On November 10, 2009, MRM-2 was successfully launched, docking with the ISS on the 12th, while on the same day the Delta-IV rocket team announced that they had delayed their launch to a future date,[32] allowing the shuttle to gain additional launch opportunities at the end of the window if it required. Atlas V's launch with the Intelsat 14 was scrubbed on the 14th due to a technical issue requiring a rollback.[33] The scrub, lasting more than 24 hours, meant that Atlantis also avoided a possible postponement of its launch slipping into November 17, 2009.

Shuttle processing

Workers prepare Atlantis prior to STS-129.
The Ares I-X test rocket lifts off from pad 39B while Atlantis waits to launch on STS 129 from pad 39A.
The canister containing STS-129 payload at pad 39A awaiting installation into Atlantis' payload bay

Atlantis was towed from its hangar in Orbiter Processing Facility-1 to the Vehicle Assembly Building (VAB) on October 6, 2009, at about 07:00 EDT.[34][35] The move, known as rollover, was completed at 08:25 when Atlantis arrived in the VAB transfer aisle. Atlantis was initially scheduled to roll out to Launch Pad 39A on October 13, 2009. However, an issue with a crane that was being used to transfer Atlantis for attachment to its external fuel tank and two solid rocket boosters caused a delay in operations forcing the shuttle managers to add extra 24-hours to the rollout preparations.

Atlantis rolled out from the VAB to the Launch Complex 39A on October 14, 2009, at 06:38 EDT in a slow drive on the top of the Crawler-transporter. The 3.4 miles (5.5 km) rollout was completed with the launch platform secured in place at about 13:31 EDT.[36]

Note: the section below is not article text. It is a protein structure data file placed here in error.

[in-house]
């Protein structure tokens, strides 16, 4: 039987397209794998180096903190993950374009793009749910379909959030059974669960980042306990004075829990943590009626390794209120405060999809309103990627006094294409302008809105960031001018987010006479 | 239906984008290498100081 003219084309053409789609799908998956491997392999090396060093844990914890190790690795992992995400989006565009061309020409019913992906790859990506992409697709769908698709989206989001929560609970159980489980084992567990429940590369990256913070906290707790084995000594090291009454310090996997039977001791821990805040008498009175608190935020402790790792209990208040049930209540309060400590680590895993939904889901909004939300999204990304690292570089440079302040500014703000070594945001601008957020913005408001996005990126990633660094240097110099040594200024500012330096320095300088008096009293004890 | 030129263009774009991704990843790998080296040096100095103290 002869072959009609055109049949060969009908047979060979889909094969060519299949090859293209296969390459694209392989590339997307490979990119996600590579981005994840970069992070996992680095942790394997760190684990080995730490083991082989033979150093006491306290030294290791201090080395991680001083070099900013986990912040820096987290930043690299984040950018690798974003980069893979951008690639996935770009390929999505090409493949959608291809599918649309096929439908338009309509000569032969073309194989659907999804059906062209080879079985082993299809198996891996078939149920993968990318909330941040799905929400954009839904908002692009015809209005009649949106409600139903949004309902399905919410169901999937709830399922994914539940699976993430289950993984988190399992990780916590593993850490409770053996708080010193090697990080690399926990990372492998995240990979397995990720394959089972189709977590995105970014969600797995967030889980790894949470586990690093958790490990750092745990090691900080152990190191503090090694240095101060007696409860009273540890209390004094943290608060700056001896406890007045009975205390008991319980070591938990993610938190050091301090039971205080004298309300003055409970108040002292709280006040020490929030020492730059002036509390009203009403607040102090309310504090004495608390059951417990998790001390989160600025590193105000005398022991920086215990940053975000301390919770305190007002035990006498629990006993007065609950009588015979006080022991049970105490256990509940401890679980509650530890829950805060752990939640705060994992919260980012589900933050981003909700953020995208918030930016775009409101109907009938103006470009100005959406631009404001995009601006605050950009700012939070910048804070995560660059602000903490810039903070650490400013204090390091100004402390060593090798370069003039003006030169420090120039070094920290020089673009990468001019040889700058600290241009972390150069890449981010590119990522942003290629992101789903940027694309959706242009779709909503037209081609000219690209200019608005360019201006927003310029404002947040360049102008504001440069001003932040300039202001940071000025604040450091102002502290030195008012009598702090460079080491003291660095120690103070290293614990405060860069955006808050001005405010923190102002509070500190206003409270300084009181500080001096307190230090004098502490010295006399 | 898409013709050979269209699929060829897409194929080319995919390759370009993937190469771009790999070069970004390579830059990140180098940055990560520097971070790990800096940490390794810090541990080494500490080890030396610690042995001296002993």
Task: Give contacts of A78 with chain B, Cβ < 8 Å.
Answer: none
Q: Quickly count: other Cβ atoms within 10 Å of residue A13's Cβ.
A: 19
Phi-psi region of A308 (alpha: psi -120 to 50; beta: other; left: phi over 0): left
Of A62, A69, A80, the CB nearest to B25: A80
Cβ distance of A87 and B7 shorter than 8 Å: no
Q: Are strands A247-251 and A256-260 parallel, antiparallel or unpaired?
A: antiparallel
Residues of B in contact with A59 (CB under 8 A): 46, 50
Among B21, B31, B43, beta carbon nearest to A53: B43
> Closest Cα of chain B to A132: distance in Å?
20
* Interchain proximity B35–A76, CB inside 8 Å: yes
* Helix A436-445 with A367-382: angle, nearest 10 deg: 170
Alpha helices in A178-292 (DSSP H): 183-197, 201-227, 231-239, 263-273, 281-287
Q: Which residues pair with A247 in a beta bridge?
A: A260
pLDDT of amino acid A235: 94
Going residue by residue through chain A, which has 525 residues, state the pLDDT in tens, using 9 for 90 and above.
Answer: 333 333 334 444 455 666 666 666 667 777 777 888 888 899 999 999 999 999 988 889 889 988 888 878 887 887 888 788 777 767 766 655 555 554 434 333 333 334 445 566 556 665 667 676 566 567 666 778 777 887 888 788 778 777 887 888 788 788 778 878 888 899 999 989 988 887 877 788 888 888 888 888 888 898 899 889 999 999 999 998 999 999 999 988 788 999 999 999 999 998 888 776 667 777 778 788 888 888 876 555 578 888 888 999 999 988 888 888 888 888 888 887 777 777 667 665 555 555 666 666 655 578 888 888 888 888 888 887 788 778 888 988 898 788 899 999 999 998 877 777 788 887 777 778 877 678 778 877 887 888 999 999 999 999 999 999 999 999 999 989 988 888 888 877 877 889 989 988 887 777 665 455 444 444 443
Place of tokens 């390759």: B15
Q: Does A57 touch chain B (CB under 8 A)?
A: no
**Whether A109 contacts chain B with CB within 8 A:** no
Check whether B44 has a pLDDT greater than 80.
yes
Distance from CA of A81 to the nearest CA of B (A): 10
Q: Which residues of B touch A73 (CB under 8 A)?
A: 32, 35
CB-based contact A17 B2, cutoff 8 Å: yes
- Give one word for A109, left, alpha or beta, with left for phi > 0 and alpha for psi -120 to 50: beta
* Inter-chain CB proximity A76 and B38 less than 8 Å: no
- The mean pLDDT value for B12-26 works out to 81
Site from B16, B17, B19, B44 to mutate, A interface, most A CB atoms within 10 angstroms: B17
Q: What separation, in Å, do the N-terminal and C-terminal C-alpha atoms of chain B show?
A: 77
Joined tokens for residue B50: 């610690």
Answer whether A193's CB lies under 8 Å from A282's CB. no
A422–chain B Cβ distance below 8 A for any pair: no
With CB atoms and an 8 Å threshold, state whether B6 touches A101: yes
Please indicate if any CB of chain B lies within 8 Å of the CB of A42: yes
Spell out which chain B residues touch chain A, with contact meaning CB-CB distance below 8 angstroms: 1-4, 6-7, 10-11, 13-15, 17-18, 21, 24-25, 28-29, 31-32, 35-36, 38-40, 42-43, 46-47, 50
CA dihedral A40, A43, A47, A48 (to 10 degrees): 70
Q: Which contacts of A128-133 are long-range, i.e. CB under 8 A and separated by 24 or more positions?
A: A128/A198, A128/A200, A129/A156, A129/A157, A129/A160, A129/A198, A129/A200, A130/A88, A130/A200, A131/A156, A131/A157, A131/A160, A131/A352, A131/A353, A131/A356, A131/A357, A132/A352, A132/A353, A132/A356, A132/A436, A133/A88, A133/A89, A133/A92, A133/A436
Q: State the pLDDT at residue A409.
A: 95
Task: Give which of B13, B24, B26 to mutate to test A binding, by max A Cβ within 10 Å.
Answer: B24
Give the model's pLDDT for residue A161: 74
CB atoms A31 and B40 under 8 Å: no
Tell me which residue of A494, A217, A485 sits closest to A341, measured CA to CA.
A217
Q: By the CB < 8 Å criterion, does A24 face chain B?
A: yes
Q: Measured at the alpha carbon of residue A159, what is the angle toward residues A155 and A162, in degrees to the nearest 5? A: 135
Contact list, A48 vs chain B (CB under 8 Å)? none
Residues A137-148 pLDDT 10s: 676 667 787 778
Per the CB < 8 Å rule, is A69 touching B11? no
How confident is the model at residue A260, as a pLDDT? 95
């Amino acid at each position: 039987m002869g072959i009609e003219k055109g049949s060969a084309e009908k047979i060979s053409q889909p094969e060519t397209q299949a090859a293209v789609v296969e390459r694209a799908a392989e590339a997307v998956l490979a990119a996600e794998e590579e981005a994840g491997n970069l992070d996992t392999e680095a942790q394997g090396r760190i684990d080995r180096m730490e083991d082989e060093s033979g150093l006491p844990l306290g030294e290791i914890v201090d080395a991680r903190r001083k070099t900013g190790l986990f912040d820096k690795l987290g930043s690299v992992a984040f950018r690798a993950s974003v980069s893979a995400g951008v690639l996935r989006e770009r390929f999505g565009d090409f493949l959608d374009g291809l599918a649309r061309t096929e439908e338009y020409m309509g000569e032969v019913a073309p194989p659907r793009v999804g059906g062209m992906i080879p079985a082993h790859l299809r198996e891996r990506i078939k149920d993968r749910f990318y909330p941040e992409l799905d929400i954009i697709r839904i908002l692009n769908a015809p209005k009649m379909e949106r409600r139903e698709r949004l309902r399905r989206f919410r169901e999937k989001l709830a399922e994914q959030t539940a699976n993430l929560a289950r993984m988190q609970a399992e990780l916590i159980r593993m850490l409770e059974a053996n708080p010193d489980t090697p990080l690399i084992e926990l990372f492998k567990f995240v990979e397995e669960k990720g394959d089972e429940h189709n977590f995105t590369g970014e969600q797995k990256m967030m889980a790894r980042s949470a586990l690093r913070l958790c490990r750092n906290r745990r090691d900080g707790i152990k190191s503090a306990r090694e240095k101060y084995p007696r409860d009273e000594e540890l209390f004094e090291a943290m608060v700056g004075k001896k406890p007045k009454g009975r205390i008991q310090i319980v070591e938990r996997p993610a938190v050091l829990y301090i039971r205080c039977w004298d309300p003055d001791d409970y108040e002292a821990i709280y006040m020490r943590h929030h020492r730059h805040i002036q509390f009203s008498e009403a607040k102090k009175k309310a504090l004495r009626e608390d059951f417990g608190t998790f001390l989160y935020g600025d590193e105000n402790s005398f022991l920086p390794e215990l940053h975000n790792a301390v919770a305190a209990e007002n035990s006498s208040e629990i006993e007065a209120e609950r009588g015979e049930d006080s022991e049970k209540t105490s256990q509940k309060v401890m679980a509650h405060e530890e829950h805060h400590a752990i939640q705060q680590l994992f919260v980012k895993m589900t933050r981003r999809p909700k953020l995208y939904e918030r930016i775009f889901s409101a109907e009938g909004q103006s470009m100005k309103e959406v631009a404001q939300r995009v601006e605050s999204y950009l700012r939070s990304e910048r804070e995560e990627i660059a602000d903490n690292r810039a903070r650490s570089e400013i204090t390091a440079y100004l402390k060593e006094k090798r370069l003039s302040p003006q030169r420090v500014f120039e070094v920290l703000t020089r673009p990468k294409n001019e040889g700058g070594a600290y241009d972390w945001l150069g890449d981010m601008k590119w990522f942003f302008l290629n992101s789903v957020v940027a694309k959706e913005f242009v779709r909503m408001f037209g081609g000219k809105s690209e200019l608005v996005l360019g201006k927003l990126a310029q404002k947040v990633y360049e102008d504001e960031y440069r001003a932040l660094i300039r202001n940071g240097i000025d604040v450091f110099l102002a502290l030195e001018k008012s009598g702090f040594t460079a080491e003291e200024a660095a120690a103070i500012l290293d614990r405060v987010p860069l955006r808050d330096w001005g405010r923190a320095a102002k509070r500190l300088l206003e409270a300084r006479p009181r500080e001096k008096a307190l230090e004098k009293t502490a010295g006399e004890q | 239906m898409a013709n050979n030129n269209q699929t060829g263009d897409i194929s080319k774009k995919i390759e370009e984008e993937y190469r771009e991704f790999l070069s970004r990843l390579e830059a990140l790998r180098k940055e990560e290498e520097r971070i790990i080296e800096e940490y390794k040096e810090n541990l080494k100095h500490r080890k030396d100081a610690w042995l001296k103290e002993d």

The final flight readiness review (FRR) meeting for the STS-129 mission took place at Kennedy Space Center during the last week of October 2009. The FRR had approved the installation of a special minicam pointing out of window 4 on Atlantis' flight deck. The camera will film the forward portion of the External Tank during the shuttle's ascent to orbit, in order to capture the behavior of the LO2 Ice Frost Ramps (IFRs) located on the upper part of the tank during potential liberation events.[37]

NASA managers held a post news conference to brief about the outcomes of the FRR on October 30, 2009. The briefing was broadcast on NASA TV and was attended by William Gerstenmaier, NASA's Associate Administrator for Space Operations, Michael Moses, Launch Integration Manager, Space Shuttle Program and Michael Leinbach, Space Shuttle launch director. Mr. Gerstenmaier and Mr. Moses mentioned about two issues related to ongoing shuttle processing that had been discussed during the FRR: (1) Effects of vibrations and acoustics associated with the Main Engine ignition—a potential issue with a stinger (bolt) structure on the aft of the shuttle, which may be susceptible to the stresses of Main Engine ignition (2) Shuttle's toilet – a new Aluminum bracket used to help anchor the toilet to the crew module structure had been installed. For future flights, NASA plans to use a redesigned Titanium bracket.[38]